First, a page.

Virginia Tech: Solidarity
Because the criminal carried a gun, many will equate the gun itself with the evil that played out on Virginia Tech's campus. That is understandable, I suppose, if one is looking for answers and only has the media as a reference source. A few people will believe murder sprung from Cho Seung-Hui because he was Korean. They may not verbalize this, except in whispers to their racist friends. They will believe it, nonetheless. Others will claim Cho Seung-Hui embarked on a murderous rampage because he felt the humiliation of poverty. That was the excuse he penned himself, after all. However nationality and depleted bank accounts do not cause people to go on bloody rampages. Guns do not either.
In the coming months, the events at Virginia Tech will no doubt be used by many for the advancement of political agendas. Gun rights will be assaulted by misguided legislation designed to protect the citizenry. Gun owners may begin to feel assaulted as well. Just as others will use the tragedy at Virginia Tech for the advancement of agendas, gun owners must stand resolute in their constitutional rights. Indeed, we must stand resolute in the rights of those who died at Virginia Tech, rights to self preservation that were stripped away in a Machiavellian move towards a Socialist society.
Gun owners are not "against" the people who had their lives violently stripped away at Virginia Tech. We are not. We are in solidarity with them. We are no more like Cho Seung-Hui because he bought a Glock than Song Hye Kyo is like him because she is Korean. Gun owners are in solidarity with the victims of violent crime everywhere, and that includes those at Virginia Tech. As a gun owner, I would never seek to harm these young students, but rather to arm them so they stand a chance against a heinous killer like Cho Seung-Hui.
Guns do not make people evil. Guns do not emit some malevolent force that impregnates the brain of those who touch them. Guns are not magic, and they are not evil. They are, however, tools that can be effectively used to protect people from evil. They are tools that can be used to protect people from the same kind of evil that stalked through Norris Hall on April 16, 2007. Gun owners do not just want to preserve the right to keep and bear arms for themselves, but rather, for everyone. Everyone like those who awoke to their last day on April 16, 2007. We are in solidarity with them. It is my belief that because they did not want to die helplessly at the hand of unmitigated evil, that they were in their last moments in solidarity with us. Protection from an unjust death is the very basis of the rights that gun owners cherish. The right to keep and bear arms is not about guns. It is not about militias. It is not about Rose O'Donnell. The right to keep and bear arms is about effective protection from a violent, unjustified death at the hands of a killer.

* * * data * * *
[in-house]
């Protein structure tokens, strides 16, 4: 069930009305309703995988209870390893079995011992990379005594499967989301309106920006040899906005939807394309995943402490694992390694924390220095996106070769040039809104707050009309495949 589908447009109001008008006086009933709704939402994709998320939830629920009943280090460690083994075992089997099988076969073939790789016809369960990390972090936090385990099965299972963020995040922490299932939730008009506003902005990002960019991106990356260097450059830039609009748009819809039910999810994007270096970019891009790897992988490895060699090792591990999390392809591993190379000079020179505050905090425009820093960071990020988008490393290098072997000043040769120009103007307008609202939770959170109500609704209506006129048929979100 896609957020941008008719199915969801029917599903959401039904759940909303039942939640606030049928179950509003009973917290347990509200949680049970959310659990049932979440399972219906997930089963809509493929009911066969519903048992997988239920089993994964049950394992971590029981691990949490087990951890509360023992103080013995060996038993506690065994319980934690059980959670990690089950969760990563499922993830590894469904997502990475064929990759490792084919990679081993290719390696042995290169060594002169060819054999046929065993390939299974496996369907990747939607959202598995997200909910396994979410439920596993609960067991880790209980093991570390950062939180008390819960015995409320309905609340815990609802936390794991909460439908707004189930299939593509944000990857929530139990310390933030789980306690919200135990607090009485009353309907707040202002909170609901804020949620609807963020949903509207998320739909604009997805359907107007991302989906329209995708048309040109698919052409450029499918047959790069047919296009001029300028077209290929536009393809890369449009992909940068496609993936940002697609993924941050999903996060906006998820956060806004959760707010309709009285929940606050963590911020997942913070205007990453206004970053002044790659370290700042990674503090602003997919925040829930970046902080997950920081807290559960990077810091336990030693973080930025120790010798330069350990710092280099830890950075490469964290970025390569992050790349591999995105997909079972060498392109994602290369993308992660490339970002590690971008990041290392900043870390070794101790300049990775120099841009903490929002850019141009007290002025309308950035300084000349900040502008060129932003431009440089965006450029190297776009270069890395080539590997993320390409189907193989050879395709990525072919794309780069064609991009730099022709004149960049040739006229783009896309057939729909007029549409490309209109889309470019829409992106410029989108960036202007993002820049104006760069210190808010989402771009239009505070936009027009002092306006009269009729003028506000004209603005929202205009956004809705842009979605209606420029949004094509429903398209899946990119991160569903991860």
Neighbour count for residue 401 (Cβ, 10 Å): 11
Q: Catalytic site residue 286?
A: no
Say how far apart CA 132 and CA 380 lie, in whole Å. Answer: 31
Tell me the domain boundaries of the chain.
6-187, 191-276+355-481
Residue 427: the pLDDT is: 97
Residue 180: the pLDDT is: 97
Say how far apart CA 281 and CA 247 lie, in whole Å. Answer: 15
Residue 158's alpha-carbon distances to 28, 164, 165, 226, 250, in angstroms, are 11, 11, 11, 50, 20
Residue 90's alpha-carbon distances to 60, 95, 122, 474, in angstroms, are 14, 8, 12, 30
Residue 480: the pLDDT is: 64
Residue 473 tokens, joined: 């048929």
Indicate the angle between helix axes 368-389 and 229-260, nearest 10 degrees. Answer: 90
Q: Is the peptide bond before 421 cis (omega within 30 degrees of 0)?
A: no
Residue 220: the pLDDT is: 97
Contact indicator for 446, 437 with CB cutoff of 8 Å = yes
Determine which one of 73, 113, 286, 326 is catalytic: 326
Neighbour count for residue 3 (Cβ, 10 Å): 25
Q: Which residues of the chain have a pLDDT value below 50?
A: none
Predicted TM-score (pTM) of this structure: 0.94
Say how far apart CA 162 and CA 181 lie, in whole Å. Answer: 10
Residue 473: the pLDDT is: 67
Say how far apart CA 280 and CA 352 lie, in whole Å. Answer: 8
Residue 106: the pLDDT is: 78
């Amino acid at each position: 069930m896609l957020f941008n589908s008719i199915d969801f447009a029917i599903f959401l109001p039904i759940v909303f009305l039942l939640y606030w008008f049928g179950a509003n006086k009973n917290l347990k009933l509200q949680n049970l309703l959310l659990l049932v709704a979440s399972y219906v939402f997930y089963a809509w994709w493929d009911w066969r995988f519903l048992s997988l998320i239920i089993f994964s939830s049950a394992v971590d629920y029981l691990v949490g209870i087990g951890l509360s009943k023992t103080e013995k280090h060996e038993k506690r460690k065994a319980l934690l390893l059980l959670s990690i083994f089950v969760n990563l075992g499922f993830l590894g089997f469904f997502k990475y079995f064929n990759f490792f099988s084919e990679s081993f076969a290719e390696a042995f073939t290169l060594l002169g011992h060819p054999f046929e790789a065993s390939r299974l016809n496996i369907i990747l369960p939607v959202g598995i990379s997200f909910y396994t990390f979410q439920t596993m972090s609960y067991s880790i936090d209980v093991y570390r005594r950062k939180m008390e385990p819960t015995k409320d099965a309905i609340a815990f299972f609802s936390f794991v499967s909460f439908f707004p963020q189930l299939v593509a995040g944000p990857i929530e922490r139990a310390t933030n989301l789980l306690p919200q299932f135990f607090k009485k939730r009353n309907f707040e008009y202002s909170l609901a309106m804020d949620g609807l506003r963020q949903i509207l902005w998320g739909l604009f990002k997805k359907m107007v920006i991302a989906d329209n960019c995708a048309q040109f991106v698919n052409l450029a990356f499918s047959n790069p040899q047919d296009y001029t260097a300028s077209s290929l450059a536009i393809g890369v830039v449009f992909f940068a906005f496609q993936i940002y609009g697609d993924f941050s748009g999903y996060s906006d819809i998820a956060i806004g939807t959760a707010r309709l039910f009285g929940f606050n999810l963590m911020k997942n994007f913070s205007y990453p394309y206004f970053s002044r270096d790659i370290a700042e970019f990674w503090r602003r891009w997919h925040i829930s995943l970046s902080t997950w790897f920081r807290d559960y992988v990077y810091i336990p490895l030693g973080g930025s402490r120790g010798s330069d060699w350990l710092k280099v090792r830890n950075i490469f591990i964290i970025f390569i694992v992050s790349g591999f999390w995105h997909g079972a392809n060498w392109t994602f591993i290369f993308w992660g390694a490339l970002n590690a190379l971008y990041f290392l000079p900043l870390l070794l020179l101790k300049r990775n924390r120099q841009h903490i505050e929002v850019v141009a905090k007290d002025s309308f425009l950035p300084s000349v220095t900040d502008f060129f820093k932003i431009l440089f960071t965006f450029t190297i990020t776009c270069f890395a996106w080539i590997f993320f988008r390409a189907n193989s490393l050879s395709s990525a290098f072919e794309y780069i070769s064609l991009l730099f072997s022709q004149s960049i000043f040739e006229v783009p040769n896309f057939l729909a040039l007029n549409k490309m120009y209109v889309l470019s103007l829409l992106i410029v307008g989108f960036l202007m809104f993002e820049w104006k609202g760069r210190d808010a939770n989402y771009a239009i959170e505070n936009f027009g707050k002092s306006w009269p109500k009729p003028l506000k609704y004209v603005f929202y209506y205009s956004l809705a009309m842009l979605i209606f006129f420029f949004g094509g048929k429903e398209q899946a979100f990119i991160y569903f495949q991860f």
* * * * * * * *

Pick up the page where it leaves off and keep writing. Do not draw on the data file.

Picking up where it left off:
When faced with violent evil, often all it takes is one brave soul to make a difference. There were several brave people who died at Virginia Tech's massacre. Bravery alone is often not enough to resist armed evil. Bravery combined with training and a firearm is much more effective against armed evil than bravery alone. Gun control takes away the means to do what a person knows he must when confronted with a murderer. As a result, the murderer prevails until armed men arrive. Gun advocates simply desire that the means to resist a violent death be available to all law abiding citizens. The choice of whether a person decides to take up the means is a personal decision. The abolition of the right to self preservation is not.
Virginia HB 1572, proposed by Del. Todd Gilbert, R-Shenandoah County, on behalf of the Virginia Citizens Defense League died in the subcommittee stage in 2006. Virgina Tech spokesman Larry Hincker gave Virginia Tech's position on that bill afterwards, stating "I'm sure the university community is appreciative of the General Assembly's actions because this will help parents, students, faculty and visitors feel safe on our campus." Virginia HB 1572 would have restored the ability of effective self defense to the students and faculty who died on April 16, 2007. That is the dirty little secret that the mainstream media will hide over the following months of debate.
It is my sincere hope that from the carnage at Virginia Tech, a mature comprehension of the importance of the second amendment for the average citizen will arise among young people in this nation. Like Suzanna Hupp learned in Killeen, Texas, a person cannot run from evil. Evil will come unannounced, and a man cannot stand up against it if he is not prepared to do so. Governments cannot legislate away tools a murderer may use to gain superiority. Evil will follow a man until he faces it, and criminals will find tools, just as they have done throughout history. Gaston Glock did not invent murder. He developed an effective means of dealing with evil.
Gun owners must not let the emotional arguments of their gun control adversaries distort the Virginia Tech massacre into what it is not. Lives were not lost at Virginia Tech because an evil man was armed, but rather because a just and law abiding man was not.
More......A Human Right
An interview with Suzanna Hupp
Labels: School Shootings